Thailand claims junta better placed to tackle fish sector abuses

Thai fish exports to the EU - such as prawns - are under threat of a complete ban over forced labour and over-fishing. [Ellen Munro/Flickr]

Thai authorities have registered more than 70,000 previously undocumented foreign workers in its fishing industry, navy officials said Thursday (11 February), part of a bid by the junta to stave off a potentially ruinous EU ban on its seafood exports.

And at a press conference in Bangkok, the military junta which seized power in May 2014 said previous failures in the industry were at least partly due to the “civilian administration.”

Thailand is under intense pressure to overhaul its lucrative fishing sector.

>>Read: Thai junta promises illegal fishing crackdown ahead of EU ban decision

Last spring, the European Union hit the country with a “yellow card” warning, threatening to ban all seafood exports unless the military government tackled rampant illegal fishing and labour abuses among its fleets.

EU officials visited the kingdom last month for an inspection to decide whether a ban goes ahead, a move that could cost Thailand up to $1 billion in lost revenue.

Thailand is the world’s third largest exporter of seafood – a status that rights groups say is achieved through illegal overfishing and a reliance on low-paid trafficked workers from neighbouring countries.

The junta government of General Prayut Chan-ocha has struggled to revive the kingdom’s slumping economy and is desperate to avoid any costly sanctions on the vital sector.

In a briefing with foreign journalists on Thursday, navy, fisheries and labour officials insisted the clampdown on illegal practices was yielding results.

“It’s a national agenda, and the Thai prime minister has stressed that he has zero tolerance on this issue,” Foreign Ministry spokesman Sek Wannamethee said. 

The junta says documenting foreign workers, many of whom illegally enter Thailand from Myanmar and Cambodia and are easily exploited, will help end the cycle of abuse.

Of an estimated 200,000 undocumented foreigners working in the industry, 70,000 had now been registered, said Commander Piyanan Kawmanee, assistant spokesman of a Navy-led taskforce heading up the crackdown.

“Around 50,000 were working in (fish) processing plants, the rest on fishing vessels,” he said.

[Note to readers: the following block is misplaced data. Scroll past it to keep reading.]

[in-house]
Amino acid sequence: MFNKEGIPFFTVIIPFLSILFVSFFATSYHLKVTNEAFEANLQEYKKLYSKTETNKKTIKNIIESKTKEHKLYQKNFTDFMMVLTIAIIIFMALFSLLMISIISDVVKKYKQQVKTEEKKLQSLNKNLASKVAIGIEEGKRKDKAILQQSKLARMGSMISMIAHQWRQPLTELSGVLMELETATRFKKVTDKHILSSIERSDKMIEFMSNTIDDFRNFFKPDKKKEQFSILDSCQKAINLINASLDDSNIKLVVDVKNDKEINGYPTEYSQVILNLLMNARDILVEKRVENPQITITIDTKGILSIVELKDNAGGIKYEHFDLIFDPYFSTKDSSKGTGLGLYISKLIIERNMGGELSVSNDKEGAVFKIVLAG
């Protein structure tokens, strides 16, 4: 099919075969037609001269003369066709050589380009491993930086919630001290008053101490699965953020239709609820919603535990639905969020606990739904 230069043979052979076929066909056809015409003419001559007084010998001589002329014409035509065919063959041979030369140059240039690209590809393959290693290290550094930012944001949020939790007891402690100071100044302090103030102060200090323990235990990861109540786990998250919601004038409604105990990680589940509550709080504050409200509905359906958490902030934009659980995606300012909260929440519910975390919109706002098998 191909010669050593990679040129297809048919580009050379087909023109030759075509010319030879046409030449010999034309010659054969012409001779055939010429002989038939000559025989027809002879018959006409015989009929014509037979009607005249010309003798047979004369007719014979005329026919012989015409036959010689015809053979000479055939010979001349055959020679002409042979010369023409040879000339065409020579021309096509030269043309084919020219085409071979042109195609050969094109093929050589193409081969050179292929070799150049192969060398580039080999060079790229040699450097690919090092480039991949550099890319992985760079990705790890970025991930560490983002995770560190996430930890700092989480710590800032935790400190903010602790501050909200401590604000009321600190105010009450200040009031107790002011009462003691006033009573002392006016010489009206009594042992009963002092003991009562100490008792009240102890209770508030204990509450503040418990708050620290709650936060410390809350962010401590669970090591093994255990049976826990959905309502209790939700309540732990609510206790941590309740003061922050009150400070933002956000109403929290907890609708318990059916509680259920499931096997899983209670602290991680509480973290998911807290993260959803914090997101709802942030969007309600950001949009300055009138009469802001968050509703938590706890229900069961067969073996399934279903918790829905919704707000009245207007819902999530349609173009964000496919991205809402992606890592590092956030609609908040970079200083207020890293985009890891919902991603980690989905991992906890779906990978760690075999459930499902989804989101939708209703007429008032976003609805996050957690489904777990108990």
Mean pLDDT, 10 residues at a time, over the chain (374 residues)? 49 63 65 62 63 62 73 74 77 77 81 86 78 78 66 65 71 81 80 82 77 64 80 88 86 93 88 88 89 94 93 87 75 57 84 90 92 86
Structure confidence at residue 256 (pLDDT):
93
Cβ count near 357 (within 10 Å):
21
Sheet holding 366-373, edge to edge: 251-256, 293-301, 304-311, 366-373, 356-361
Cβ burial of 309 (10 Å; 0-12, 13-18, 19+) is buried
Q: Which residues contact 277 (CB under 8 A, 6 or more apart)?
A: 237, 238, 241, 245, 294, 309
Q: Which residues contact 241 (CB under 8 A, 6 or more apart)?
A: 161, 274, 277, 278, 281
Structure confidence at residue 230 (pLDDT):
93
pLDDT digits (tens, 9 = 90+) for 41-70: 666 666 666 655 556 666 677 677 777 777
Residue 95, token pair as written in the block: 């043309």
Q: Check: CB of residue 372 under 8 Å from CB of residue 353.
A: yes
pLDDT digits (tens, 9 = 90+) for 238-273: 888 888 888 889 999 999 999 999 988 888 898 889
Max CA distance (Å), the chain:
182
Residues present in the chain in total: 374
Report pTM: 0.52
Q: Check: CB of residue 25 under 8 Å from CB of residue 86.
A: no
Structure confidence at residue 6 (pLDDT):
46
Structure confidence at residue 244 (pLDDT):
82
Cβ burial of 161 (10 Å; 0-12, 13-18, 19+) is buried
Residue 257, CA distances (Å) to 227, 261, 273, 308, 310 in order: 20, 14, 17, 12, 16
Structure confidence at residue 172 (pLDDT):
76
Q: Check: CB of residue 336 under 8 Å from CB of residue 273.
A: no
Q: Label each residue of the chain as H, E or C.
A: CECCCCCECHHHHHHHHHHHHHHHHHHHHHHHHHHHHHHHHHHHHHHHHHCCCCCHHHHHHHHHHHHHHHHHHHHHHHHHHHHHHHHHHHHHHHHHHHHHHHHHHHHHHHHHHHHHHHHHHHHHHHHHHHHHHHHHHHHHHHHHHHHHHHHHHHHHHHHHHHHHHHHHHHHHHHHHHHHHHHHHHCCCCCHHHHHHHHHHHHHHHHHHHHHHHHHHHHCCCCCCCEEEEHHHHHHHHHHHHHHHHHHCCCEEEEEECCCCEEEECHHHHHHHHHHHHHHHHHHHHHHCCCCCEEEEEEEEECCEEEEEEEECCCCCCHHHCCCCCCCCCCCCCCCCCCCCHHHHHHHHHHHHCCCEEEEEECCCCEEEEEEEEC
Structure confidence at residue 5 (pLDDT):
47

Those who had been documented would be allowed to continue working for at least two years, officials said.

>>Read: EU to decide on Thai seafood ban

More than 8,000 fishing vessels have also had their registrations revoked in the last year, they added. The military say successive civilian Thai governments failed to tackle systemic problems within key industries like fishing and aviation – another sector that is facing the threat of international regulatory sanctions.

“During civilian administrations… sometimes we couldn’t enforce efficiently,” said Vice Admiral Jumpol Lumpiganon, who added that the EU’s yellow card warning and the junta’s rise to power had become a “catalyst” to push reforms.

Critics say the military’s repeated interventions in politics over the last decade hobbled any civilian government’s chances of instituting long term reforms.

Officials said they did not know when the EU would make its decision but they were hopeful Thailand could avoid any sanctions. “We are confident that thanks to the laws and regulations passed last year we have the tools to ensure that no underage or forced labour will occur in our processing factories as well as fishing vessels,” said Arrug Phrommanee, director general of the Ministry of labour.

General Prayuth Chan-ocha and the Thai military deposed the democratically-elected government of Yingluck Shinawatra in May 2014.

The government have promised a lengthy process of constitution-drafting before any return to elections in 2017 at the earliest.

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